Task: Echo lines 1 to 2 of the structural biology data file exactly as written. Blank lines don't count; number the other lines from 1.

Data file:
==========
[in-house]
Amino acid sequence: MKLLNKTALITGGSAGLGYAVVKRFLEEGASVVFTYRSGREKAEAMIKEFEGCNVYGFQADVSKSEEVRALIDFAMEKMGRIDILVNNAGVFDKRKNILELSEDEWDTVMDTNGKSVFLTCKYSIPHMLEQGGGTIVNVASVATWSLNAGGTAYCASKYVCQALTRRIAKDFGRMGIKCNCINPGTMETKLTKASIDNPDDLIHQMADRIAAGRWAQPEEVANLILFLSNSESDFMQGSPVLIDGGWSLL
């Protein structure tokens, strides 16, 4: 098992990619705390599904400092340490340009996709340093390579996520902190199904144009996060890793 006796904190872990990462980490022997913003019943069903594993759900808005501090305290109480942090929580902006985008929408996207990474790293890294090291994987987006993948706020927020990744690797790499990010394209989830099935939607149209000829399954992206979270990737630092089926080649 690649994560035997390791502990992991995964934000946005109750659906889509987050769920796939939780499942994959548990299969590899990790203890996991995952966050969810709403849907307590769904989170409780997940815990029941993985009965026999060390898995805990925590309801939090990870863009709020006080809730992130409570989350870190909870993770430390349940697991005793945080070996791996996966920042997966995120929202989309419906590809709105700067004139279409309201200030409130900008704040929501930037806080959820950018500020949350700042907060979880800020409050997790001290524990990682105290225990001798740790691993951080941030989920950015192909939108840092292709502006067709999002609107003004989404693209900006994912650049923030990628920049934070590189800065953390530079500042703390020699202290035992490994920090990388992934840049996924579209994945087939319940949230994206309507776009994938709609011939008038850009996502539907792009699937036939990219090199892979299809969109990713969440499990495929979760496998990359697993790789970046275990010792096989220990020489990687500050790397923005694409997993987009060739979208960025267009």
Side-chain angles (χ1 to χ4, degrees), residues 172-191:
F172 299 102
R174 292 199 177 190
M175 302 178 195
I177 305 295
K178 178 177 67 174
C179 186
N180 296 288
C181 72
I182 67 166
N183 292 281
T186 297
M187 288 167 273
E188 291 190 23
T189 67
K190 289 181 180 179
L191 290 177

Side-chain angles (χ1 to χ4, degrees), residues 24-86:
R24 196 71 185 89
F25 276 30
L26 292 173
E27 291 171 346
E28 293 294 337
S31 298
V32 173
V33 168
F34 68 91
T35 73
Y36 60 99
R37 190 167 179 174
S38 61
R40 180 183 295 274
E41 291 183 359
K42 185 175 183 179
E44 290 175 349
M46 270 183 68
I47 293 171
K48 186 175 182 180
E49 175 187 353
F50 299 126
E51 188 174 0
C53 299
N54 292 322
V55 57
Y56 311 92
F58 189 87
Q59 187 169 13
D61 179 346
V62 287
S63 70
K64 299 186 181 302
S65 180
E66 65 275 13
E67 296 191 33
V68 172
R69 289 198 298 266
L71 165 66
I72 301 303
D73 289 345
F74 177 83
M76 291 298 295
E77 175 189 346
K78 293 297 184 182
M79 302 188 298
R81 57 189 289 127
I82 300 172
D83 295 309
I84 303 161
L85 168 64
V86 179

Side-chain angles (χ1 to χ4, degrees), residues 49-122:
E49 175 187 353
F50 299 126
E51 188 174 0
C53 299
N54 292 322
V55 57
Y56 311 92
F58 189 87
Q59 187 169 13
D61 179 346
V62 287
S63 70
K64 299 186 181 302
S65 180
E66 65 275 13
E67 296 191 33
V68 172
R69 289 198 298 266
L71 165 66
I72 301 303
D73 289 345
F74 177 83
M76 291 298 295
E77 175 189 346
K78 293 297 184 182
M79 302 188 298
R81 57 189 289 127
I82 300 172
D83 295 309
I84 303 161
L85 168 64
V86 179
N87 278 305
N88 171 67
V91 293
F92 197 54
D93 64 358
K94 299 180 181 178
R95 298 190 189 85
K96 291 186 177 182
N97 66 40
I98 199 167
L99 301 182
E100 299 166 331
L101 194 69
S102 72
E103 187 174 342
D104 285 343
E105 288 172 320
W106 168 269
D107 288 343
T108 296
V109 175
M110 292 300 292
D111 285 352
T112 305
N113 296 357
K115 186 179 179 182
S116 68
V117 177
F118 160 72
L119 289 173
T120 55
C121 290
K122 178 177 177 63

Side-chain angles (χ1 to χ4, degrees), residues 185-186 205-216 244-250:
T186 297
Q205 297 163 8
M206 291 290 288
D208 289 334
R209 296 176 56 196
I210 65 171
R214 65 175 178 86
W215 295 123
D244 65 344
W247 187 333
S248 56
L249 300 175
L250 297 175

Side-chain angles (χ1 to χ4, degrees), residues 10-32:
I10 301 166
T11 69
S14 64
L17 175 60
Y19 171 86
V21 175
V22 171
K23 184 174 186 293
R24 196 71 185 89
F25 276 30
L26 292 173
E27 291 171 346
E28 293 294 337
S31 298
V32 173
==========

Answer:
[in-house]
Amino acid sequence: MKLLNKTALITGGSAGLGYAVVKRFLEEGASVVFTYRSGREKAEAMIKEFEGCNVYGFQADVSKSEEVRALIDFAMEKMGRIDILVNNAGVFDKRKNILELSEDEWDTVMDTNGKSVFLTCKYSIPHMLEQGGGTIVNVASVATWSLNAGGTAYCASKYVCQALTRRIAKDFGRMGIKCNCINPGTMETKLTKASIDNPDDLIHQMADRIAAGRWAQPEEVANLILFLSNSESDFMQGSPVLIDGGWSLL